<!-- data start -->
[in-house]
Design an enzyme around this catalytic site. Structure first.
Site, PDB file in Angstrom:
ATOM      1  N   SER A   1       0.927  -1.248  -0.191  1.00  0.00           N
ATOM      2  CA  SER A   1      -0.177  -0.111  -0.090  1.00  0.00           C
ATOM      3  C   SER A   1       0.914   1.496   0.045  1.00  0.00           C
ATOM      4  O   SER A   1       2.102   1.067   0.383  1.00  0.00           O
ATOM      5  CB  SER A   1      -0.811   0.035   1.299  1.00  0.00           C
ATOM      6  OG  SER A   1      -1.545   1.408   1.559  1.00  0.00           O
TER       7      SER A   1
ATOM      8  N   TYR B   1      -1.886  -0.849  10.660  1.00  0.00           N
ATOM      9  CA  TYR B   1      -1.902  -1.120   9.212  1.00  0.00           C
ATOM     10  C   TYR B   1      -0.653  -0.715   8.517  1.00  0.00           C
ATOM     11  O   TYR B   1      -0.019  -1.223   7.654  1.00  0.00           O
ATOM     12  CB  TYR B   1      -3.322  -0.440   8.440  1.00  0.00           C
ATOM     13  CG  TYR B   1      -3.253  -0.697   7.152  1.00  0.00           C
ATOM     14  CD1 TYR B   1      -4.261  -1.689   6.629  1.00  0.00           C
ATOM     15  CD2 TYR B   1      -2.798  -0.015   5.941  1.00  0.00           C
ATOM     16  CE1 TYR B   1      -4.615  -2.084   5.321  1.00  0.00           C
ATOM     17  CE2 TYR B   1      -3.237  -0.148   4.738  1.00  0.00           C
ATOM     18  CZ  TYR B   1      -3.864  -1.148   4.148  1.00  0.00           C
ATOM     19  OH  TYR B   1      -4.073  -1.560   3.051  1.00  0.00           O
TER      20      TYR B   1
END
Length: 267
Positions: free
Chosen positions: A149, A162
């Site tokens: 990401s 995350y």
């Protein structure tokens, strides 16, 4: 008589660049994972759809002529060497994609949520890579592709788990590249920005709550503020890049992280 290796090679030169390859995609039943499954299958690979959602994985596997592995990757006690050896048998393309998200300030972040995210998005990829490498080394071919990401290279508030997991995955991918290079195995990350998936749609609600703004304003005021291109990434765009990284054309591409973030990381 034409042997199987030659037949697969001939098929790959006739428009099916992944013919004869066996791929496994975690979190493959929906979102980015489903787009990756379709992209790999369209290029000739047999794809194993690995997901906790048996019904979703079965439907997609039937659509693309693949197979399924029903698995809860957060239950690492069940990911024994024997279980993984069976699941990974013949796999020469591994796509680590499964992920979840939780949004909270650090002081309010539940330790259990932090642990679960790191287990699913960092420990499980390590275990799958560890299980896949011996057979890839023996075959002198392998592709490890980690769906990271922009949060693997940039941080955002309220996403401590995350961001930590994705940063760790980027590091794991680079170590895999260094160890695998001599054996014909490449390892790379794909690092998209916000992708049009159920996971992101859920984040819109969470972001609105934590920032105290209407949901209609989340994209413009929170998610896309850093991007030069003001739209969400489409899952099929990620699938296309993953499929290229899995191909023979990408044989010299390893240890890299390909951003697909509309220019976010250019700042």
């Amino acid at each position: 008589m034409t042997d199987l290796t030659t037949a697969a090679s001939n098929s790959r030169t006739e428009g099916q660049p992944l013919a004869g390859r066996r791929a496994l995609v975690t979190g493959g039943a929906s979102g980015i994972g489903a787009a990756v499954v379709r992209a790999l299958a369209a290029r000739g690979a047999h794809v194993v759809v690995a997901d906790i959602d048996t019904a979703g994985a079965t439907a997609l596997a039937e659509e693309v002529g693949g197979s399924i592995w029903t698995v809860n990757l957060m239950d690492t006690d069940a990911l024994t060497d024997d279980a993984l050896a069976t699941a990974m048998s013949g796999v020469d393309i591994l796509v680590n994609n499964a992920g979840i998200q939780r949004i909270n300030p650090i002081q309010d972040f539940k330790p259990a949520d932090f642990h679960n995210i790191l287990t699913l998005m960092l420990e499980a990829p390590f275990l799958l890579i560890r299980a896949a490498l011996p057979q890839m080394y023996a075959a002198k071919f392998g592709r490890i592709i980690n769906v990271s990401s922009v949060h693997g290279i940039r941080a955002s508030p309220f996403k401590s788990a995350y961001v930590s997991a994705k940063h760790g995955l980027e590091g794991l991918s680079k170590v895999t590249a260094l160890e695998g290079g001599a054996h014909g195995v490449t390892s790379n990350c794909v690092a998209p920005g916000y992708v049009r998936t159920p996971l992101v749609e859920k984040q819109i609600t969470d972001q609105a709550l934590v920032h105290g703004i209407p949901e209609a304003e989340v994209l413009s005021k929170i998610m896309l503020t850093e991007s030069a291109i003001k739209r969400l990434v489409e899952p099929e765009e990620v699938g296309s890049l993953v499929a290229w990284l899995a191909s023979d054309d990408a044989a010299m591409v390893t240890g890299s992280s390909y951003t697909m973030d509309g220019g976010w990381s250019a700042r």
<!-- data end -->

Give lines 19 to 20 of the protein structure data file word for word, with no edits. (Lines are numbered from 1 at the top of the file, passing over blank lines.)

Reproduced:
ATOM     16  CE1 TYR B   1      -4.615  -2.084   5.321  1.00  0.00           C
ATOM     17  CE2 TYR B   1      -3.237  -0.148   4.738  1.00  0.00           C